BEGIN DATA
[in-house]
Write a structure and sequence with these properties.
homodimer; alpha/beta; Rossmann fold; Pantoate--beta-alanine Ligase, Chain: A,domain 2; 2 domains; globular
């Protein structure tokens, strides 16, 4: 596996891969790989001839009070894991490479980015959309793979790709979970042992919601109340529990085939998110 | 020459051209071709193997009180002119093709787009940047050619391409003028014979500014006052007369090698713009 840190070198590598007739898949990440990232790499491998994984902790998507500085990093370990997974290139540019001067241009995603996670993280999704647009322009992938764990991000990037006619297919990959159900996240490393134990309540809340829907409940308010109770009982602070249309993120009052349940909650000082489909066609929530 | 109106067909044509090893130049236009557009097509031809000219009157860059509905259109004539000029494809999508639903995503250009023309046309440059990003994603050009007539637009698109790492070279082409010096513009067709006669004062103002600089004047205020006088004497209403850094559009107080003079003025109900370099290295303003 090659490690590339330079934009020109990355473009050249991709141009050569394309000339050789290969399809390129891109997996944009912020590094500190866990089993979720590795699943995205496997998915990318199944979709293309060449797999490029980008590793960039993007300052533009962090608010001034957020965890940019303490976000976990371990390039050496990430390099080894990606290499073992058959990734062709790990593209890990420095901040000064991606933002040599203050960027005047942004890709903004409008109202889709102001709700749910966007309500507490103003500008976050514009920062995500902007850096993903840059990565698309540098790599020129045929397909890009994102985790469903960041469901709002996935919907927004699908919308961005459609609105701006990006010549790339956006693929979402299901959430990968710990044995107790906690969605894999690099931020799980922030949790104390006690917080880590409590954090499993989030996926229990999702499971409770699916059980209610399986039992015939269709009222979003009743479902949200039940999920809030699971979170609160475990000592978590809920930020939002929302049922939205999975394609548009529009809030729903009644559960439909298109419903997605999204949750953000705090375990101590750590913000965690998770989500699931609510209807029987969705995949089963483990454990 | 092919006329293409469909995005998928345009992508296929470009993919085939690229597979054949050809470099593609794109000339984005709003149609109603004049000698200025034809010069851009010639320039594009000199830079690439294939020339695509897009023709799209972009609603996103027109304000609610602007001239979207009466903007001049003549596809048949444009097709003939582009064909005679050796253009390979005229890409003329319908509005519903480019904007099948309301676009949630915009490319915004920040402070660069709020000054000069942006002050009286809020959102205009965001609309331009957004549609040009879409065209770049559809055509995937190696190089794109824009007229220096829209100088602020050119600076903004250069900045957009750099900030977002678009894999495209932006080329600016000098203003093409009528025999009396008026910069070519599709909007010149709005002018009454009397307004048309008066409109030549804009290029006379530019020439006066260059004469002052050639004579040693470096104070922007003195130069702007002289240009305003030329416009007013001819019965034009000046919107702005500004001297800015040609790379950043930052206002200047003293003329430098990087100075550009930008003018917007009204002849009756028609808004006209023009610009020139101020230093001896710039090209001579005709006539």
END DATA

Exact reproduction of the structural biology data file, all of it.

[in-house]
Write a structure and sequence with these properties.
homodimer; alpha/beta; Rossmann fold; Pantoate--beta-alanine Ligase, Chain: A,domain 2; 2 domains; globular
């Protein structure tokens, strides 16, 4: 596996891969790989001839009070894991490479980015959309793979790709979970042992919601109340529990085939998110 | 020459051209071709193997009180002119093709787009940047050619391409003028014979500014006052007369090698713009 840190070198590598007739898949990440990232790499491998994984902790998507500085990093370990997974290139540019001067241009995603996670993280999704647009322009992938764990991000990037006619297919990959159900996240490393134990309540809340829907409940308010109770009982602070249309993120009052349940909650000082489909066609929530 | 109106067909044509090893130049236009557009097509031809000219009157860059509905259109004539000029494809999508639903995503250009023309046309440059990003994603050009007539637009698109790492070279082409010096513009067709006669004062103002600089004047205020006088004497209403850094559009107080003079003025109900370099290295303003 090659490690590339330079934009020109990355473009050249991709141009050569394309000339050789290969399809390129891109997996944009912020590094500190866990089993979720590795699943995205496997998915990318199944979709293309060449797999490029980008590793960039993007300052533009962090608010001034957020965890940019303490976000976990371990390039050496990430390099080894990606290499073992058959990734062709790990593209890990420095901040000064991606933002040599203050960027005047942004890709903004409008109202889709102001709700749910966007309500507490103003500008976050514009920062995500902007850096993903840059990565698309540098790599020129045929397909890009994102985790469903960041469901709002996935919907927004699908919308961005459609609105701006990006010549790339956006693929979402299901959430990968710990044995107790906690969605894999690099931020799980922030949790104390006690917080880590409590954090499993989030996926229990999702499971409770699916059980209610399986039992015939269709009222979003009743479902949200039940999920809030699971979170609160475990000592978590809920930020939002929302049922939205999975394609548009529009809030729903009644559960439909298109419903997605999204949750953000705090375990101590750590913000965690998770989500699931609510209807029987969705995949089963483990454990 | 092919006329293409469909995005998928345009992508296929470009993919085939690229597979054949050809470099593609794109000339984005709003149609109603004049000698200025034809010069851009010639320039594009000199830079690439294939020339695509897009023709799209972009609603996103027109304000609610602007001239979207009466903007001049003549596809048949444009097709003939582009064909005679050796253009390979005229890409003329319908509005519903480019904007099948309301676009949630915009490319915004920040402070660069709020000054000069942006002050009286809020959102205009965001609309331009957004549609040009879409065209770049559809055509995937190696190089794109824009007229220096829209100088602020050119600076903004250069900045957009750099900030977002678009894999495209932006080329600016000098203003093409009528025999009396008026910069070519599709909007010149709005002018009454009397307004048309008066409109030549804009290029006379530019020439006066260059004469002052050639004579040693470096104070922007003195130069702007002289240009305003030329416009007013001819019965034009000046919107702005500004001297800015040609790379950043930052206002200047003293003329430098990087100075550009930008003018917007009204002849009756028609808004006209023009610009020139101020230093001896710039090209001579005709006539």